Thursday, November 22, 2007

Sauce from Small Crabs (Kamat)

Photo courtesy of Daniel Yiek, Sarikei-Time Capsule. Follow the link below to read his article on the same topic.During the Japanese occupation life was very tough for most of the Foochows living in the Rejang Basin. The Brooke Government had more or less abandon the state, trade was naturally at a standstill, the Japanese soldiers were every where, mainly rampaging the countryside. There was a small but almost helpless anti Japanese underground movement. Sarawak was thus a very "conquered" state.

My mother and her sister, Aunty Yung and brothers, Pang Ping, Pang Sing and Pang Teck had to do everything in order to keep the family together. My grand father passed away just before the Allied Forces arrived because there was no medication available for him. And also partly because there was no money to really get a good doctor who might have prescribed something good. But according to a kind relative, his ulcer was beyond cure any way and perhaps only today with new technology he could have lived longer. Thus they mourned the passing of a good and considerate father.

Like the Melanaus and the Malays who had belacan, the Foochows had their crab sauce as their condiment. This peculiar sauce was made from the small mud crabs or Kamat,found in the padi fields during the harvesting season. The small crabs would breed in the fallen stalks of the padi plants and small children and women would flip over the straws to find the creatures. As they were only about 2 inches wide, it was difficult to clean them.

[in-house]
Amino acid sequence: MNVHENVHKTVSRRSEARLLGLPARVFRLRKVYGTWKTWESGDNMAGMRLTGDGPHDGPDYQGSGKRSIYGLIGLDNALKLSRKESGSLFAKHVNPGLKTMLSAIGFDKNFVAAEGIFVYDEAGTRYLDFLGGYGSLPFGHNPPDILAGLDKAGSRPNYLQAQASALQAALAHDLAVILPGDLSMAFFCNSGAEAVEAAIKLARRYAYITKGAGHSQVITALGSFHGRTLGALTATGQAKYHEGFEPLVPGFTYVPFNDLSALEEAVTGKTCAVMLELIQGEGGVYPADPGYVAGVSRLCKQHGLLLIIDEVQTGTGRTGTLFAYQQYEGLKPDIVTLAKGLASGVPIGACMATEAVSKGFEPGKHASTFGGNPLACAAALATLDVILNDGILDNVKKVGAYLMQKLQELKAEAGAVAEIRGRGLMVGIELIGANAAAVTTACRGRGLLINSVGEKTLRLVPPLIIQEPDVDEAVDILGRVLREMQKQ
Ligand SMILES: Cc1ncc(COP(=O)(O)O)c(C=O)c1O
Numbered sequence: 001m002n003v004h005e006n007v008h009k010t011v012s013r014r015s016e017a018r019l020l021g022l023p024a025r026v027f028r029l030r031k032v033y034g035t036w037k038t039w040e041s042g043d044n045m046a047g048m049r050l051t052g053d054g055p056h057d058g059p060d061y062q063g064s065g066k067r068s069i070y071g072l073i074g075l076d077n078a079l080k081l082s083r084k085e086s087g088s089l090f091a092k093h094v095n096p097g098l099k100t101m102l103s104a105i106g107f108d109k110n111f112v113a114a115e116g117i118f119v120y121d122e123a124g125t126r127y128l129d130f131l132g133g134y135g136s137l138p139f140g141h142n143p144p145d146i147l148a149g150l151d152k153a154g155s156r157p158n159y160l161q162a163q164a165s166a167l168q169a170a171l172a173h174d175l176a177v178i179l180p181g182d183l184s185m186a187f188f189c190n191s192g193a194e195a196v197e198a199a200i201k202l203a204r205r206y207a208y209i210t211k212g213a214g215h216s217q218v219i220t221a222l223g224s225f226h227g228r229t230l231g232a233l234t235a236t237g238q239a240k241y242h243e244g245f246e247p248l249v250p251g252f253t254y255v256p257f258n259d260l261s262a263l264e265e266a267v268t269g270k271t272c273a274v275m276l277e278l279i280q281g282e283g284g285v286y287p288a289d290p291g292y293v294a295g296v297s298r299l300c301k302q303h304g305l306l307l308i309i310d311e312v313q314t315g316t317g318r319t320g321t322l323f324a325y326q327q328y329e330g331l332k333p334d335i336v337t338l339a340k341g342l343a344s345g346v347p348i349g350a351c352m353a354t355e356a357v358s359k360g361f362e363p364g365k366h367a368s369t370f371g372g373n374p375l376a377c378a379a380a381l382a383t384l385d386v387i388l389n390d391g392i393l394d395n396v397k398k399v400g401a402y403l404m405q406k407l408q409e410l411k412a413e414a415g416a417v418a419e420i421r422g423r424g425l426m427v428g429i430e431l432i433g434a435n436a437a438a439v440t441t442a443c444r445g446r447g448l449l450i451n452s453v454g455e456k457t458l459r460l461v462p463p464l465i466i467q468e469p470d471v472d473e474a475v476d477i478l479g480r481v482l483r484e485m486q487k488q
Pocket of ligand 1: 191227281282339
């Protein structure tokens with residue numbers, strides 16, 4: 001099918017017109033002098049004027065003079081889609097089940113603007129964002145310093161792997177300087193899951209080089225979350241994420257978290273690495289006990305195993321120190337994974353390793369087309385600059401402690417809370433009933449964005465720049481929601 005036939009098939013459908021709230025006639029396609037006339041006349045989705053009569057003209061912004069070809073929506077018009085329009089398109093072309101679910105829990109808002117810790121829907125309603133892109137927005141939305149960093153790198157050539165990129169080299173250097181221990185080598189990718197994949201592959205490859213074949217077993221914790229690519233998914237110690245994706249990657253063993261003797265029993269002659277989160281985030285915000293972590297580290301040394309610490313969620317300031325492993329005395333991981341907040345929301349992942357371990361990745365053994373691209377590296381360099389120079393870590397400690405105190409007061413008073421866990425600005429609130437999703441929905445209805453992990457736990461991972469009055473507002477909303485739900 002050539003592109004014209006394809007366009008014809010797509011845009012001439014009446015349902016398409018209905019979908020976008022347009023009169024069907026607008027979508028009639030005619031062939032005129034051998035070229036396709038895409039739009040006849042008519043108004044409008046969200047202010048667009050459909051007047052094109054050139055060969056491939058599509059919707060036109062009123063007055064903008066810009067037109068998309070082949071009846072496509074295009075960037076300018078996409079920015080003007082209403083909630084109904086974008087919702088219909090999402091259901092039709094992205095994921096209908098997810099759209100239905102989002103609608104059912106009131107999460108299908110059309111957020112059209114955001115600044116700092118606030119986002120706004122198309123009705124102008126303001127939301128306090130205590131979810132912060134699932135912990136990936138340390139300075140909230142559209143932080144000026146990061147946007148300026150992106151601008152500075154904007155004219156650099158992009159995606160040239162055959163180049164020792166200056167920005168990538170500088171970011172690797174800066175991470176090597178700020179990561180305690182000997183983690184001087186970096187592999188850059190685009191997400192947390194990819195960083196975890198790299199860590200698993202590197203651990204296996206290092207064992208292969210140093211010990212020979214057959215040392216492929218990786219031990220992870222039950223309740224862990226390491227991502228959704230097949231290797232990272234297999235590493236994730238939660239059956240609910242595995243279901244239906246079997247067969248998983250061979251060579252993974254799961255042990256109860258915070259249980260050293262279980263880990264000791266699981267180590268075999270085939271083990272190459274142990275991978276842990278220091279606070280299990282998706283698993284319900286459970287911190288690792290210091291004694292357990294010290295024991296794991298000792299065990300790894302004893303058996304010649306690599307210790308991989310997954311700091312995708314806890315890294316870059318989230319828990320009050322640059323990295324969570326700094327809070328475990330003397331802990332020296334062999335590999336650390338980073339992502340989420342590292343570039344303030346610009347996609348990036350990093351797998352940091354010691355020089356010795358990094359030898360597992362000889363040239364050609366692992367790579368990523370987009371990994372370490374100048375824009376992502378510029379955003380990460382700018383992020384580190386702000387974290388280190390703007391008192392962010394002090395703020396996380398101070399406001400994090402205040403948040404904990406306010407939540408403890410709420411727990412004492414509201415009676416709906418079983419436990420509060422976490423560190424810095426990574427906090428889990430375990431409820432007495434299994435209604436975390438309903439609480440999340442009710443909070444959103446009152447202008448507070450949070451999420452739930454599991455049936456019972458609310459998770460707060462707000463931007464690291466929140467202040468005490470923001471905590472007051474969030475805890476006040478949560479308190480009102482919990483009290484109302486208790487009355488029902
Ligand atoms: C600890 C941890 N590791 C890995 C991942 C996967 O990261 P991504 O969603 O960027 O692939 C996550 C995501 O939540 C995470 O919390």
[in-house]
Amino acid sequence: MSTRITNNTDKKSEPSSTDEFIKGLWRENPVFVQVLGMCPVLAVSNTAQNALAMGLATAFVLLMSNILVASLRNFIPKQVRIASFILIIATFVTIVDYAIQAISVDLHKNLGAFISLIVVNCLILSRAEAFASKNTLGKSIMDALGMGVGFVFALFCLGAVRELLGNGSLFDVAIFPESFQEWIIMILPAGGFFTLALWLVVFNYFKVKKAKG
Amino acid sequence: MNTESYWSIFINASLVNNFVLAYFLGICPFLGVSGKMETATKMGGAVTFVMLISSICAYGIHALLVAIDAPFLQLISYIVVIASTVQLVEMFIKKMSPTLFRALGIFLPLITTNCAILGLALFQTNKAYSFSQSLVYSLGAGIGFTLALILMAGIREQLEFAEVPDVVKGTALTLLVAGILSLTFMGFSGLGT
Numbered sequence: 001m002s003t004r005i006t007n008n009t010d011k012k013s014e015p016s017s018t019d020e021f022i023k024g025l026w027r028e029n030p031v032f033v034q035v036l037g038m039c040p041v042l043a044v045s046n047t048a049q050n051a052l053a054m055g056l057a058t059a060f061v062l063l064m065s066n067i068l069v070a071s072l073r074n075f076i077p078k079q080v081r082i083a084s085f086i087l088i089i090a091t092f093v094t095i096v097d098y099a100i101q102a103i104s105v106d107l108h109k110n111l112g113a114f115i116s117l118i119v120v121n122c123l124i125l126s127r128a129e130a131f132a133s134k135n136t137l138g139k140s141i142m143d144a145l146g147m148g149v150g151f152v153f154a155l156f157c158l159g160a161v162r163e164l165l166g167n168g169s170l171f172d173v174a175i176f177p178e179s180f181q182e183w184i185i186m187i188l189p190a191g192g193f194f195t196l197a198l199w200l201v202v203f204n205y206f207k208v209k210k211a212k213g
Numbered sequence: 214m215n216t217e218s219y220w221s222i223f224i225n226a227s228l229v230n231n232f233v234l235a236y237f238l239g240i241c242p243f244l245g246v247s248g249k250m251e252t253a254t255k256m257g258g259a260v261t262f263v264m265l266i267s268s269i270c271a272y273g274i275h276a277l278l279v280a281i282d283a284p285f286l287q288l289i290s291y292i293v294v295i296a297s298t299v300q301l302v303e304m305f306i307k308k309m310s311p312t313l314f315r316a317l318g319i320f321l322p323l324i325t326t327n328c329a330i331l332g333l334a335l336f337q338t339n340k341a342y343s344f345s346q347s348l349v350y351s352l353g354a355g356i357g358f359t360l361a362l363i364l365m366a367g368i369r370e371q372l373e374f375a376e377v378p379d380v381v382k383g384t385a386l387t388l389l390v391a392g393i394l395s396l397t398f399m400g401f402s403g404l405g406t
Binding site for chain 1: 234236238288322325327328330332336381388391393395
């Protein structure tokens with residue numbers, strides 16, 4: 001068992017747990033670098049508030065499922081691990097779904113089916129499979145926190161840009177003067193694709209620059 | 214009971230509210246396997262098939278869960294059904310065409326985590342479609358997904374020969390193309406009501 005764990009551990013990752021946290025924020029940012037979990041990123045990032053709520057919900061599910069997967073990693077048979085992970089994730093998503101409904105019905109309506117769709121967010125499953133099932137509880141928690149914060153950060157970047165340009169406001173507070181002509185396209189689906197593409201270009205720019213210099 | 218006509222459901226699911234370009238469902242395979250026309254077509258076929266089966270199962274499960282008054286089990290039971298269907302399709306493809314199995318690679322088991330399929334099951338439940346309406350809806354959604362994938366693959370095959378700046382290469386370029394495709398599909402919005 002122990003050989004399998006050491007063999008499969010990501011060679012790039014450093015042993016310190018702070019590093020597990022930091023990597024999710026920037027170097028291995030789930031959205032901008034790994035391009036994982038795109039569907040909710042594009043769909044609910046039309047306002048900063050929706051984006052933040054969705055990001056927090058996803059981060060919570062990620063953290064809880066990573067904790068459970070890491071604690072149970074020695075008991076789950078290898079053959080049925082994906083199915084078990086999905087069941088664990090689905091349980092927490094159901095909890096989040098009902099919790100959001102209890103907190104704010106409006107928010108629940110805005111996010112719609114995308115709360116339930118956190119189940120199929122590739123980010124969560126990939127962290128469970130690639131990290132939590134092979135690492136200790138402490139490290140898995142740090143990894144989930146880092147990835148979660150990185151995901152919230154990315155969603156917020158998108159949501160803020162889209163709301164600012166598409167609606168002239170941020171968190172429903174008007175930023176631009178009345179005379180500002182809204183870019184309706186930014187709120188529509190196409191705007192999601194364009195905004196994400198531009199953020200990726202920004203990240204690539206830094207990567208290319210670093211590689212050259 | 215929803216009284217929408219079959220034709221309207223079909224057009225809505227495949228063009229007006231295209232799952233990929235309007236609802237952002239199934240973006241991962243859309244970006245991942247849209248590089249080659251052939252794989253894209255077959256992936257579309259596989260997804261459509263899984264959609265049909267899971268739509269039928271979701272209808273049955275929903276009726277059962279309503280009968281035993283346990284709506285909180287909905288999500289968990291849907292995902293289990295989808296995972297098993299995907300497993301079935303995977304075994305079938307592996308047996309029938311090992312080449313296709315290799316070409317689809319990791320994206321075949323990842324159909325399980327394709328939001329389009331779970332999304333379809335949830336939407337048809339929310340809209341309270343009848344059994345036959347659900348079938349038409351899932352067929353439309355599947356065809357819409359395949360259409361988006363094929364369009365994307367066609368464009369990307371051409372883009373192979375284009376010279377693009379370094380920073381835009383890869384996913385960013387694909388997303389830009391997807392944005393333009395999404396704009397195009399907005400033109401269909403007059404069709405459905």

My mother used to collect a pail of them and clean them up. By the time she finished cleaning them, she would already have a painful back. It was really back breaking and eye straining. But the sauce from it made a delightful change in the sparse diet that they were having at that time.

The crabs would then be boiled in salt water and then strained. When that was done, the crabs would be put into an urn for fermentation to take place. After about three or four days, the crabs would be taken out and ground by the stone mill. The sauce which came out was reddish and saltish. It was really good to go with hot rice.